The present invention utilizes a timing device and a control unit to sweep in frequency with a narrow lock gate to acquire both the proper frequency and phase of the incoming signal. The control unit then switches to a free running mode from the initially passive timing. In this mode the tracker will continue to recycle even through a series of pulses are missing. An early late gate phase discriminator provides a phase locking method which drives the timer unit into zero phase error with the input signal at all locking frequencies.

It is one object of the invention, therefore, to provide an improved pulse repetition frequency tracker apparatus utilizing the input signal to start a timer to acquire the proper frequency and the correct phase of the incoming signal.

It is another object of the invention to provide an improved pulse repetition frequency tracker apparatus which will lock to a single pulse train within a two octave frequency spectrum even in a heavy pulse environment.

It is yet another object of the invention to provide a tracker apparatus having a free running mode to enable it to continue running synchronously through periods of missing input information.

It is still another object of the invention to provide a tracker apparatus utilizing an early/late gate phase discriminator to phase sense and correct to zero errors at all locking frequencies.

These and other advantages, features and objects of the invention will become more apparent from the following description taken in connection with the illustrative embodiment taken in connection with the accompanying drawings, wherein:

DESCRIPTION OF THE DRAWINGS

FIG. 1 is a schematic diagram of the pulse repetition frequency tracker apparatus in accordance with this invention; and

FIG. 2 is a plot of the two octave time sweep illustrating the first and second look gate range.

DESCRIPTION OF THE PREFERRED EMBODIMENT

Referring now to FIG. 1, there is shown a pulse repetition frequency tracker apparatus having an input terminal 10 to receive input pulse train. The input terminal 10 is directly connected to input 11 of look gate 13, input 14 of early gate 16 and input 17 of late gate 19. A switching unit 20 which is activated by input program unit 24 has its center arm 21 connected to timer unit 25. Contact terminal 22 of switching unit 20 is connected to input terminal 10. Contact terminal 23 of switching unit 20 is connected to the output of time gate unit 26 and to input 18 of late gate 19. Timer unit 25 which receives a control signal from contact unit 27 is connected to time gates unit 26. Timing signal from times gates unit 26 are provided to input 12 of look gate 13, input 15 of early gate 16 and input 18 of late gate 19. The output signals of early gate 16 and late gate 19 are received by phase error unit 29 which provides an output signal to control unit 27. Stop sweep unit 28 receives an output signal from look gate unit 13 and provides a common output signal to both input program unit 24 and control unit 27. Input program unit 24 also receives a timing signal from time gate unit 26 which simultaneously applies that timing signal to look gate 13.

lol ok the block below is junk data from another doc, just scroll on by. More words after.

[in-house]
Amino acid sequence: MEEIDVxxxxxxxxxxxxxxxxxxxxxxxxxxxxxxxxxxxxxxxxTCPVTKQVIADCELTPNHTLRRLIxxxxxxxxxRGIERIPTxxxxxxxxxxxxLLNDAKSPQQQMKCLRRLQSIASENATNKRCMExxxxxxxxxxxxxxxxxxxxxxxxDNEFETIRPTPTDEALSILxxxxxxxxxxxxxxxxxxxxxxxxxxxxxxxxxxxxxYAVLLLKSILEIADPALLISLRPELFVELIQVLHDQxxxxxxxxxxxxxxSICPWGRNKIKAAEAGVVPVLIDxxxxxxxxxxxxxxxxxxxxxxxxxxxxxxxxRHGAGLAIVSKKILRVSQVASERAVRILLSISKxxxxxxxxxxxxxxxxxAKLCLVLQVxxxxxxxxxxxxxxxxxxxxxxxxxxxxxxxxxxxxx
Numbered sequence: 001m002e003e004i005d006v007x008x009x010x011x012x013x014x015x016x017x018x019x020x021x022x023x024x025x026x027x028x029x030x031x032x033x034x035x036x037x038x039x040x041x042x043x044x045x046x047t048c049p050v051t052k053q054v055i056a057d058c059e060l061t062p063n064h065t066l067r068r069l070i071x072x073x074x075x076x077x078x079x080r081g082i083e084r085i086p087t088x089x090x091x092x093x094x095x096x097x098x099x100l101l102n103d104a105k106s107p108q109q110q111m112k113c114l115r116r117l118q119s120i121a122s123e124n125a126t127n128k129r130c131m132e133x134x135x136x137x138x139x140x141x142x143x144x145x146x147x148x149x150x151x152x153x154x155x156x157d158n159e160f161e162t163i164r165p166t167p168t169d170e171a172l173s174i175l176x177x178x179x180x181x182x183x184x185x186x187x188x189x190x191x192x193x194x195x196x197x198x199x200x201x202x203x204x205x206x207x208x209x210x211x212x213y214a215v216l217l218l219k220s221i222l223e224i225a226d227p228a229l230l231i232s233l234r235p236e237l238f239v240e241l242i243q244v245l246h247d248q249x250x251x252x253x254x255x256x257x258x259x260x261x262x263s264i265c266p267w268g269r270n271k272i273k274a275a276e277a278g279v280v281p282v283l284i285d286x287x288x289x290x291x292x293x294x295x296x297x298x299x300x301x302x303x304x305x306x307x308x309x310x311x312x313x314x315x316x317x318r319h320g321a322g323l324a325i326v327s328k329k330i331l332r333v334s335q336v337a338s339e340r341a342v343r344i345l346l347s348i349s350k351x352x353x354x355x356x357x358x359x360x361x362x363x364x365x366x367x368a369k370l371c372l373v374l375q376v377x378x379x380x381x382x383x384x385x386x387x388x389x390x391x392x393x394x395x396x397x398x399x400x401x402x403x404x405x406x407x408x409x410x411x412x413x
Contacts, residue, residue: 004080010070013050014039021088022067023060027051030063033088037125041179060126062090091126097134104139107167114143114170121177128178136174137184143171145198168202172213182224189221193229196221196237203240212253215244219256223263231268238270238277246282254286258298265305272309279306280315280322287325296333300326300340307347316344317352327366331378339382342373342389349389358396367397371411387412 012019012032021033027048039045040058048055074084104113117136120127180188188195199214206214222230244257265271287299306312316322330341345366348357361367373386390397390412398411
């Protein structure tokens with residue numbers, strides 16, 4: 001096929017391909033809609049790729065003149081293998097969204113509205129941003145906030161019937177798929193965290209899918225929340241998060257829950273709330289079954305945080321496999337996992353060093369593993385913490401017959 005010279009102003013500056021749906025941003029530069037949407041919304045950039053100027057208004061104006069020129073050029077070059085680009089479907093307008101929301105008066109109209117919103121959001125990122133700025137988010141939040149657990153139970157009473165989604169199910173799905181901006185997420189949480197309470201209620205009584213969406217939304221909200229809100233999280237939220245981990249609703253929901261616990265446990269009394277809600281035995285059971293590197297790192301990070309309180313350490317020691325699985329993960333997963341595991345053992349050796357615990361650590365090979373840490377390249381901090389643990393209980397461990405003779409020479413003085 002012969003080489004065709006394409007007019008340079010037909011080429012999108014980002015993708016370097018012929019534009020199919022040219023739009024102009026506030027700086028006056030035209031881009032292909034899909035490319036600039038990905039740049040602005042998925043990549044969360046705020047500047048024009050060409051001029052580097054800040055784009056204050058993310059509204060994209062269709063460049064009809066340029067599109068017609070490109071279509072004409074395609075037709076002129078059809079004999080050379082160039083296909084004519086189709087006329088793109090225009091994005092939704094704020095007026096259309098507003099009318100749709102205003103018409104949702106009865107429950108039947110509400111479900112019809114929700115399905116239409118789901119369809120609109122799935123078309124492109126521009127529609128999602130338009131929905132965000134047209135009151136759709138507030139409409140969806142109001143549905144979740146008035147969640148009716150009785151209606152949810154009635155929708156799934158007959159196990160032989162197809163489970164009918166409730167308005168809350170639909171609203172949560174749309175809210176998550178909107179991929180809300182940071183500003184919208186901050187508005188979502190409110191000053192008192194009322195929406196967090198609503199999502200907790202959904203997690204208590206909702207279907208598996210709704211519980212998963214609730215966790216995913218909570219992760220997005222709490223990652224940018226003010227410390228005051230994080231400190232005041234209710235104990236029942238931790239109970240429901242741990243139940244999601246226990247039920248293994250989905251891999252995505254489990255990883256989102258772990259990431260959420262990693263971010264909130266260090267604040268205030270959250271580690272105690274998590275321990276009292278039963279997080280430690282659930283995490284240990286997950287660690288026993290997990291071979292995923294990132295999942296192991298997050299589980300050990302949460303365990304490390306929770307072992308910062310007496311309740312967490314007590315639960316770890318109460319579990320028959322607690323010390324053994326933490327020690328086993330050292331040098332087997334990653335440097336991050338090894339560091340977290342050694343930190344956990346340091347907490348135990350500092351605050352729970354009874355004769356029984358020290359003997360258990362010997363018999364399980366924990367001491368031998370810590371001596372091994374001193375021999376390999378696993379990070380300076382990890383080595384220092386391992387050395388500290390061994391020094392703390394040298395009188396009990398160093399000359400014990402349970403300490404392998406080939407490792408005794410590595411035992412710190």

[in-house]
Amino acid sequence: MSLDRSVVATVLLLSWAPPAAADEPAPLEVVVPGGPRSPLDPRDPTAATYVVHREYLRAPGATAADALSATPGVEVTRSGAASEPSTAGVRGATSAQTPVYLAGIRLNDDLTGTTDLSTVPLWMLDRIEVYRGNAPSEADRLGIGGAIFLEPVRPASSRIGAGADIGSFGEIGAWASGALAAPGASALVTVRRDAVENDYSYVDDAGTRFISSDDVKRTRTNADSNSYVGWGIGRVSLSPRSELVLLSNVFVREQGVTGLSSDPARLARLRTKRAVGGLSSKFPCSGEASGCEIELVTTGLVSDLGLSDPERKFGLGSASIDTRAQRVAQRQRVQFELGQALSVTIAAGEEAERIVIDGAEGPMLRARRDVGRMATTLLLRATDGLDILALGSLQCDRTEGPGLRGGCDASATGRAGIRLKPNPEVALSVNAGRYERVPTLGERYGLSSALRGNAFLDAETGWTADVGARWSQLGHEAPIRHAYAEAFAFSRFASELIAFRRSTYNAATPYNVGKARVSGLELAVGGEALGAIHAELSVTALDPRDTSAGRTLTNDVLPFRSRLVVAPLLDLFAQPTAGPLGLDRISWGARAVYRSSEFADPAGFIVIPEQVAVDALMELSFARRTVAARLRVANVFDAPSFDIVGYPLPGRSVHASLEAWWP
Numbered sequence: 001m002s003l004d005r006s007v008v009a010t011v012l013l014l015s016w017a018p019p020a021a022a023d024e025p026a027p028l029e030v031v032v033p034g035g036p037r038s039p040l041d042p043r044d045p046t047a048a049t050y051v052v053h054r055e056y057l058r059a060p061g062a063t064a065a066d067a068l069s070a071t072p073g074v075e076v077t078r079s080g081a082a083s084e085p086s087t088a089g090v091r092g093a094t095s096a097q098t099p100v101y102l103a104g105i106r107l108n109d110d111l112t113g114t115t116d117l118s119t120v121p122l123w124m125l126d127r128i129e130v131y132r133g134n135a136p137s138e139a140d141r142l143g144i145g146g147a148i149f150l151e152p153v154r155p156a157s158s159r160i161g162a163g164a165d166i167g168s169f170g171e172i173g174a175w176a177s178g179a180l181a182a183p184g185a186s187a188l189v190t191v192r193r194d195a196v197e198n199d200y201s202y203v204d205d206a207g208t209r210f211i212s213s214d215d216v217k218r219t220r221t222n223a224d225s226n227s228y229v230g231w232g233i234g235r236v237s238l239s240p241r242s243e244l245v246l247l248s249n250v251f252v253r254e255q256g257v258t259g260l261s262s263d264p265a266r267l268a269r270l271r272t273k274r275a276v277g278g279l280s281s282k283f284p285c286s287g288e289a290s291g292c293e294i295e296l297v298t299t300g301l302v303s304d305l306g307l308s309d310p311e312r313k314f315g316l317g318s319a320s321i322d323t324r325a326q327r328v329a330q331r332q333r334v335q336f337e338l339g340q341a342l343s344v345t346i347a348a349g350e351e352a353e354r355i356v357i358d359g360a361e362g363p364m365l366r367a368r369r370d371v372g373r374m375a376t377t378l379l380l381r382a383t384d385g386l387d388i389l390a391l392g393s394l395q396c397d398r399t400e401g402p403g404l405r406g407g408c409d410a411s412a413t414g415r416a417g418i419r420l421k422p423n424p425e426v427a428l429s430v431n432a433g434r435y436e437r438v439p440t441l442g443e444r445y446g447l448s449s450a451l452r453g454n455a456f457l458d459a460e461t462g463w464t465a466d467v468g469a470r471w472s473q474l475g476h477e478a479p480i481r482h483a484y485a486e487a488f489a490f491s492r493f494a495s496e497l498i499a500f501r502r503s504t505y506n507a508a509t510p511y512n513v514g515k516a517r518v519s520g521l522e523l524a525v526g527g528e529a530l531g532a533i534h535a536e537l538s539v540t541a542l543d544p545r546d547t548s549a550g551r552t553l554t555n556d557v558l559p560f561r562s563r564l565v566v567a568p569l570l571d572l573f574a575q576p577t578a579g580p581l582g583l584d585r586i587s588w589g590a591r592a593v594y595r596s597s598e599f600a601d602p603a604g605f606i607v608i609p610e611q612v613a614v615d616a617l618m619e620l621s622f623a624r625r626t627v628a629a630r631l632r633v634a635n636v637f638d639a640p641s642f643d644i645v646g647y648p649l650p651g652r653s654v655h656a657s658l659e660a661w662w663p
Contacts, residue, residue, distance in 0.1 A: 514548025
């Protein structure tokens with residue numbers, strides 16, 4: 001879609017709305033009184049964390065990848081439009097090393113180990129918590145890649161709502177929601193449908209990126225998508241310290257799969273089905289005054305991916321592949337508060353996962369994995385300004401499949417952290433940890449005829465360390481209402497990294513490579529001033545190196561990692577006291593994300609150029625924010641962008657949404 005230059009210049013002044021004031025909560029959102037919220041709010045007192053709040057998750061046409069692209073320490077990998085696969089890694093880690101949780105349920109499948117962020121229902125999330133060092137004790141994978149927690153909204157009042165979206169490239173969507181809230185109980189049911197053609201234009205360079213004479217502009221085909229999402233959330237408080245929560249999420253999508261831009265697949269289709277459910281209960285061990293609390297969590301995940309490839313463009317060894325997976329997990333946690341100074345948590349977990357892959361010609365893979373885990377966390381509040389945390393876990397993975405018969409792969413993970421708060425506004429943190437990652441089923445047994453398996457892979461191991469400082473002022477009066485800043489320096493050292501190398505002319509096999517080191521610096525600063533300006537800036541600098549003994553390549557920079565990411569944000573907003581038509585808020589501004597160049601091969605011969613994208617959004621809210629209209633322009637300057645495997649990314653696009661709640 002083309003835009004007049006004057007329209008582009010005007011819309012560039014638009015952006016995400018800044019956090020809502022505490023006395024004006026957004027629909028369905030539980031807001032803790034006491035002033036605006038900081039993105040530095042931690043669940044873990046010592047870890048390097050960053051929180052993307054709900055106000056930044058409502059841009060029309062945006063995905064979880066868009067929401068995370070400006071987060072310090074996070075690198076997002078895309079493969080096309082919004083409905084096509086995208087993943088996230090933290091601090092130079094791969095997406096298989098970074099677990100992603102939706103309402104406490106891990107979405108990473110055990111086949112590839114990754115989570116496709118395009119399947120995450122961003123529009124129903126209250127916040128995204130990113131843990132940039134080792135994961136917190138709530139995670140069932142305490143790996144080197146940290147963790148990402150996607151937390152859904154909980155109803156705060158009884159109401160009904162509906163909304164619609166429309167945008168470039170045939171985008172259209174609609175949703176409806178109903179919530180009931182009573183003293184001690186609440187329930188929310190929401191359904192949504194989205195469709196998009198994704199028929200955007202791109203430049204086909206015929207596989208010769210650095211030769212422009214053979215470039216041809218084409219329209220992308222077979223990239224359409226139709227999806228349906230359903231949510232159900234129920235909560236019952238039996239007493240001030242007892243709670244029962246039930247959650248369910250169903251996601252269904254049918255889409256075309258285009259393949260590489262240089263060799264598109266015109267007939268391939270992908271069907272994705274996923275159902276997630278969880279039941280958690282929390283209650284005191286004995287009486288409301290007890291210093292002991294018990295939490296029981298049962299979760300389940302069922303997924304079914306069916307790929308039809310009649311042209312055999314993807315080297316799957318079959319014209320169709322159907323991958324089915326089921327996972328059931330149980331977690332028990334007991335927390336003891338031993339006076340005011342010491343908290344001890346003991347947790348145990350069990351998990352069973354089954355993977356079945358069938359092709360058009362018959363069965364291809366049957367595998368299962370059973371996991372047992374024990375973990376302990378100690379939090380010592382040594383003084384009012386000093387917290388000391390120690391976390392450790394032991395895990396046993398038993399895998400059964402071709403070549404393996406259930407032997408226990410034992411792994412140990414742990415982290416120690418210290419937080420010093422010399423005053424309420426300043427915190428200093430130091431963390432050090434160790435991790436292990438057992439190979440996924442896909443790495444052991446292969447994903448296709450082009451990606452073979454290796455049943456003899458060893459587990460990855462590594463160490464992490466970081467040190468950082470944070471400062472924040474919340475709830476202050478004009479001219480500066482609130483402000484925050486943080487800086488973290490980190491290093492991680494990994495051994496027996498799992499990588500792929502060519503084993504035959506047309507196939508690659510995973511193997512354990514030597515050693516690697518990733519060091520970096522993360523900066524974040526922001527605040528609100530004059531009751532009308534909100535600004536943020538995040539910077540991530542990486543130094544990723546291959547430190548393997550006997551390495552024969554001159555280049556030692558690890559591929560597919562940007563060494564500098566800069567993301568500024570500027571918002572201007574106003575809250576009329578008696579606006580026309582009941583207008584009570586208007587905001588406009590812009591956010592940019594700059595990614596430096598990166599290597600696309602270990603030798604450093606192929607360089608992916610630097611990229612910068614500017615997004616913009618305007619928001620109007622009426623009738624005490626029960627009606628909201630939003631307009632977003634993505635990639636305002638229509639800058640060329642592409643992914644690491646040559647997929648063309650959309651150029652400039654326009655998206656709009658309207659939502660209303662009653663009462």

The pulse repetition frequency tracker has two basic modes of operation. In the initial mode, the pulse repetition frequency tracker is in the search mode and the input pulse signal which is received at input terminal 10 is gated in to trigger the timer unit 25. The timer unit 25 is comprised of two monostable multivibrators which are connected one after the other. This is done so that each monostable multivibrator will never have more than a fifty percent duty cycle. When the pulse repetition frequency tracker is in the search mode, it sweeps in frequency with the narrow look gate 13 to approximately acquire both the proper frequency and phase with the control circuitry before the servo makes the final adjustment. This is accomplished by the program unit 24 holding the center arm 21 of switching unit 20 in contact with contact terminal 22, thus triggering the voltage controlled multivibrators by the input pulses while being swept by the control 27. Therefore, at any given instance, the total period of the multivibrators plus about one half of the look gate 13 determines the frequency that the tracker is sweeping through. The triggering of the multivibrators by the input pulse establishes the look gate 13 at zero phase. At the conclusion of the timing cycle a series of gates are generated. If an input pulse appears within the look gate 13, then it may be assumed that the frequency of the incoming pulse train is identified. When the pulse train is identified, the stop sweep unit 28 is triggered and the tracker goes into the free running mode. After three pulses have been detected in the gate, the input switch 20 is thrown to allow internal triggering. The input program 24 may comprise any conventional logic circuit which may be to detect or count a given number of pulses. For illustration, the input program 24 may comprise two flip-flops and several gates to count the initial three pulses. Thus, the free running mode is established by an output signal from the stop sweep unit 28 which triggers input program unit 24 to switch the center arm 21 to contact terminal 23. The mode change between sweep and track is controlled by stop sweep 28. The mechanization may be a standard memory controller. When an input occurs in the Look Gate, a capacitor is charged up. As The capacitor discharges its voltage decays. As long as pulses continue to appear in the gate, the capacitor remains charged up. If the pulses disappear from the gate, the capacitor will eventually discharge below a threshold and the stop sweep signal will be removed.